Project description:We aimed to investigate gene expression associated with radiosensitisation of normoxic and hypoxic prostate cancer cells by the class I/II histone deacetylase inhibitor (HDACi) vorinostat. A pronounced deregulation of DNA repair and chromatin organization genes by vorinostat in DU 145 than in PC-3 or 22Rv1 was found and was a likly mechanism underlying radiosensitisation of DU 145. Expression of these genes was generally not affected by hypoxia and was altered by vorinostat in DU 145 towards the baseline levels of PC-3 and 22Rv1. A 56-gene expression signature associated with radiosensitisation under normoxia and hypoxia, including 8 genes with baseline expression characteristic of the radiosensitising effect was generated. These findings propose a hypoxia independent expression signature to predict the radiosensitising effect of vorinostat. Overall design: DU 145, PC-3 and 22Rv1 cell lines, for which differences in intrinsic radiosensitivity have been demonstrated in previous work, were exposed to vorinostat (1µM, 24h) and hypoxia (0.2% O2, 24h), subjected to gene expression profiling and irradiated at 2 and 5 Gy. Samples collected for gene expression analysis were taken prior to irradiation. Vorinostat mediated radiosensitisation occurred under normoxia and hypoxia in the intrinsically radioresistant DU 145, but not in the radiosensitive PC-3 and 22Rv1. To identify a gene expression signature most likely playing a major role in the vorinostat mediated radiosensitisation, a supervised analysis of global gene expression data were performed.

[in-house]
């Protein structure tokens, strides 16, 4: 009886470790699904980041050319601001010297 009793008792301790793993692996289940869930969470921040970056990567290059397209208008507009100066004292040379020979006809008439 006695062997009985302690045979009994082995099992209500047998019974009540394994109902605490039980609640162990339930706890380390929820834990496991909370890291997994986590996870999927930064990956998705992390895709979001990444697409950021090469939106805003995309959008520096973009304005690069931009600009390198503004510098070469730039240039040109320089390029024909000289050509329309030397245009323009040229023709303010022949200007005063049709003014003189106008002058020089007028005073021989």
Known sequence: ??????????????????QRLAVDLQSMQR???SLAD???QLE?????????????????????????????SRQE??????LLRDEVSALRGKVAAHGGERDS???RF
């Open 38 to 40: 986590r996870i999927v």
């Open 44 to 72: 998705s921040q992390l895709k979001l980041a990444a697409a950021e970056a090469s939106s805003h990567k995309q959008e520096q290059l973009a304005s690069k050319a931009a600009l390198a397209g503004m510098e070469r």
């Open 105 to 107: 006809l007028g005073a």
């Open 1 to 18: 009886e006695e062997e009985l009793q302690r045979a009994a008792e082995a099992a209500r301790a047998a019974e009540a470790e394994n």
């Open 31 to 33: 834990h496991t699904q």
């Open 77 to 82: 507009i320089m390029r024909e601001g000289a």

Project description:Mammalian cells increase transcription of genes for adaptation to hypoxia through the stabilization of hypoxia-inducible factor 1alpha (HIF-1alpha) protein. How cells transduce hypoxic signals to stabilize the HIF-1alpha protein remains unresolved. We demonstrate that cells deficient in the complex III subunit cytochrome b, which are respiratory incompetent, increase ROS levels and stabilize the HIF-1alpha protein during hypoxia. RNA interference of the complex III subunit Rieske iron sulfur protein in the cytochrome b-null cells and treatment of wild-type cells with stigmatellin abolished reactive oxygen species (ROS) generation at the Qo site of complex III. These interventions maintained hydroxylation of HIF-1alpha protein and prevented stabilization of HIF-1alpha protein during hypoxia. Antioxidants maintained hydroxylation of HIF-1alpha protein and prevented stabilization of HIF-1alpha protein during hypoxia. Exogenous hydrogen peroxide under normoxia prevented hydroxylation of HIF-1alpha protein and stabilized HIF-1alpha protein. These results provide genetic and pharmacologic evidence that the Qo site of complex III is required for the transduction of hypoxic signal by releasing ROS to stabilize the HIF-1alpha protein.